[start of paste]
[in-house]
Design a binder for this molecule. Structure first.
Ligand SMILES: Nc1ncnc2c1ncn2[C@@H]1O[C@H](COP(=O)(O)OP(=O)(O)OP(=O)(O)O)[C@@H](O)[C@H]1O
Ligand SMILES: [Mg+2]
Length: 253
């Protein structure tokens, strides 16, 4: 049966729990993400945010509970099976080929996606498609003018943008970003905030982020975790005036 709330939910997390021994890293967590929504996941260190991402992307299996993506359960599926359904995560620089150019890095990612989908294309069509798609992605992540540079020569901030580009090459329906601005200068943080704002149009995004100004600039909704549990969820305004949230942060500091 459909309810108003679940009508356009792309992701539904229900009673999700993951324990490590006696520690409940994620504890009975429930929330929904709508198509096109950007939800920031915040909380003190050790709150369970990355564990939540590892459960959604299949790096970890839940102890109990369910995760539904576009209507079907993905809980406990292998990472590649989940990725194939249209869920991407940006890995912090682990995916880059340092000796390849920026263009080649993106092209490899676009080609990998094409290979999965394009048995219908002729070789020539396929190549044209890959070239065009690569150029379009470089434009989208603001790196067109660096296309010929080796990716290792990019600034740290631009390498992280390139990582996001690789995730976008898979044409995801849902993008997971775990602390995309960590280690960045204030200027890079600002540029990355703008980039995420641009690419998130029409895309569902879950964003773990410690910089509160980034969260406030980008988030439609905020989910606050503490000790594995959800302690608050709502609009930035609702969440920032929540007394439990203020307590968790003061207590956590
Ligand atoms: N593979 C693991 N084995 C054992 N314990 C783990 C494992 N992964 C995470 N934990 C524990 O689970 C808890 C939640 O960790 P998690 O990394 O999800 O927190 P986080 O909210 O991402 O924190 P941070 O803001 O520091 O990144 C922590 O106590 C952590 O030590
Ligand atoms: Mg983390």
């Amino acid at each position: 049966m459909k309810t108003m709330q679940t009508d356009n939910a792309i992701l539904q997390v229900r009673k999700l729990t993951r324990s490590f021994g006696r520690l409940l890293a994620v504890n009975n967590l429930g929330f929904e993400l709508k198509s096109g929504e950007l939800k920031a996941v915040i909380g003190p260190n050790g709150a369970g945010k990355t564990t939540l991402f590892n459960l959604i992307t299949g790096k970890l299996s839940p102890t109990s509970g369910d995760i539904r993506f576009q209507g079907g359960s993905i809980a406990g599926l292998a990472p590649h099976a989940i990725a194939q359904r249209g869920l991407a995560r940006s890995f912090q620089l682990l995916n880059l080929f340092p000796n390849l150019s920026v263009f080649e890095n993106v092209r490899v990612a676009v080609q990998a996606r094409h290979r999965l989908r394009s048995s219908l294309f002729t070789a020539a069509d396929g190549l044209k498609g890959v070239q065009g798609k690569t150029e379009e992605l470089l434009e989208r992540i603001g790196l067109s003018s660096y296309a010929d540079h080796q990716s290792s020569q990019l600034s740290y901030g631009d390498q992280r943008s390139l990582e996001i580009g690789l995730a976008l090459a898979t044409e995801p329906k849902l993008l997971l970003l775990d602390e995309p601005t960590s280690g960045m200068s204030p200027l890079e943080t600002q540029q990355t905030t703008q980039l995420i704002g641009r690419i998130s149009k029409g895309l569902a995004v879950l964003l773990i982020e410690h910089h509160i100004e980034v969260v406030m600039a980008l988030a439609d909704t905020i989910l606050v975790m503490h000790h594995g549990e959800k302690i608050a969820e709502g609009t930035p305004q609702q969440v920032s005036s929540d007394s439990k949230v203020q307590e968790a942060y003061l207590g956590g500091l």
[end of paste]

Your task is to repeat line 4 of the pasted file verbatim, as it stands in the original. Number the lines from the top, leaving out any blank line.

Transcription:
Ligand SMILES: [Mg+2]